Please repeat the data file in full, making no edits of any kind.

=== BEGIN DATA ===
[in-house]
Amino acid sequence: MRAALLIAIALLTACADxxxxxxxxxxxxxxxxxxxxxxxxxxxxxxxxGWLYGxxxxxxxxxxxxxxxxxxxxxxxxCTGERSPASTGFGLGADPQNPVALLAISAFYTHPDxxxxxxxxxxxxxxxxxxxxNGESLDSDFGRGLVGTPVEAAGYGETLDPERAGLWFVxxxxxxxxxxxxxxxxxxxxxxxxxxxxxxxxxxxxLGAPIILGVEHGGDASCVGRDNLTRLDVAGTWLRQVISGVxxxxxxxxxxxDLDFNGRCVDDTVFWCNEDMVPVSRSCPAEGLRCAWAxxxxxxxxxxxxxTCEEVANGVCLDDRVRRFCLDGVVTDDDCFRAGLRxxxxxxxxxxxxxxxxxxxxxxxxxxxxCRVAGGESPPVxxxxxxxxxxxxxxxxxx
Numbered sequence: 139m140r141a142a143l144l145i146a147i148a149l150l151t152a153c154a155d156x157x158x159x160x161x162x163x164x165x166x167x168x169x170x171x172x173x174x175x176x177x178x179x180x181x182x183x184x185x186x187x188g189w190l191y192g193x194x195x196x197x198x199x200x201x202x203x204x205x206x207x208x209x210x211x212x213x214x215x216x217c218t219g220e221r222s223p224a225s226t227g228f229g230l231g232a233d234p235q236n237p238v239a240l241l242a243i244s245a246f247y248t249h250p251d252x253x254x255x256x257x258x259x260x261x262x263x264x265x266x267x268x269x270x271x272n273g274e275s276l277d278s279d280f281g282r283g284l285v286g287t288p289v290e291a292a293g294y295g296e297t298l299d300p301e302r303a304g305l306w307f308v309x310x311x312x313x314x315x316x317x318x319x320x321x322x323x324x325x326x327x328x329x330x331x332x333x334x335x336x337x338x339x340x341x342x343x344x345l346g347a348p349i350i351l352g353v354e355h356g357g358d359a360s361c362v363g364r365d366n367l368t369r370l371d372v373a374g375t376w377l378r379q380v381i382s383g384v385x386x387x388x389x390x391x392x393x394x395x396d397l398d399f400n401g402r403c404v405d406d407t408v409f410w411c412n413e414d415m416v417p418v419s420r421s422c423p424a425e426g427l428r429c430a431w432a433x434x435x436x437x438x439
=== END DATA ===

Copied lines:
[in-house]
Amino acid sequence: MRAALLIAIALLTACADxxxxxxxxxxxxxxxxxxxxxxxxxxxxxxxxGWLYGxxxxxxxxxxxxxxxxxxxxxxxxCTGERSPASTGFGLGADPQNPVALLAISAFYTHPDxxxxxxxxxxxxxxxxxxxxNGESLDSDFGRGLVGTPVEAAGYGETLDPERAGLWFVxxxxxxxxxxxxxxxxxxxxxxxxxxxxxxxxxxxxLGAPIILGVEHGGDASCVGRDNLTRLDVAGTWLRQVISGVxxxxxxxxxxxDLDFNGRCVDDTVFWCNEDMVPVSRSCPAEGLRCAWAxxxxxxxxxxxxxTCEEVANGVCLDDRVRRFCLDGVVTDDDCFRAGLRxxxxxxxxxxxxxxxxxxxxxxxxxxxxCRVAGGESPPVxxxxxxxxxxxxxxxxxx
Numbered sequence: 139m140r141a142a143l144l145i146a147i148a149l150l151t152a153c154a155d156x157x158x159x160x161x162x163x164x165x166x167x168x169x170x171x172x173x174x175x176x177x178x179x180x181x182x183x184x185x186x187x188g189w190l191y192g193x194x195x196x197x198x199x200x201x202x203x204x205x206x207x208x209x210x211x212x213x214x215x216x217c218t219g220e221r222s223p224a225s226t227g228f229g230l231g232a233d234p235q236n237p238v239a240l241l242a243i244s245a246f247y248t249h250p251d252x253x254x255x256x257x258x259x260x261x262x263x264x265x266x267x268x269x270x271x272n273g274e275s276l277d278s279d280f281g282r283g284l285v286g287t288p289v290e291a292a293g294y295g296e297t298l299d300p301e302r303a304g305l306w307f308v309x310x311x312x313x314x315x316x317x318x319x320x321x322x323x324x325x326x327x328x329x330x331x332x333x334x335x336x337x338x339x340x341x342x343x344x345l346g347a348p349i350i351l352g353v354e355h356g357g358d359a360s361c362v363g364r365d366n367l368t369r370l371d372v373a374g375t376w377l378r379q380v381i382s383g384v385x386x387x388x389x390x391x392x393x394x395x396d397l398d399f400n401g402r403c404v405d406d407t408v409f410w411c412n413e414d415m416v417p418v419s420r421s422c423p424a425e426g427l428r429c430a431w432a433x434x435x436x437x438x439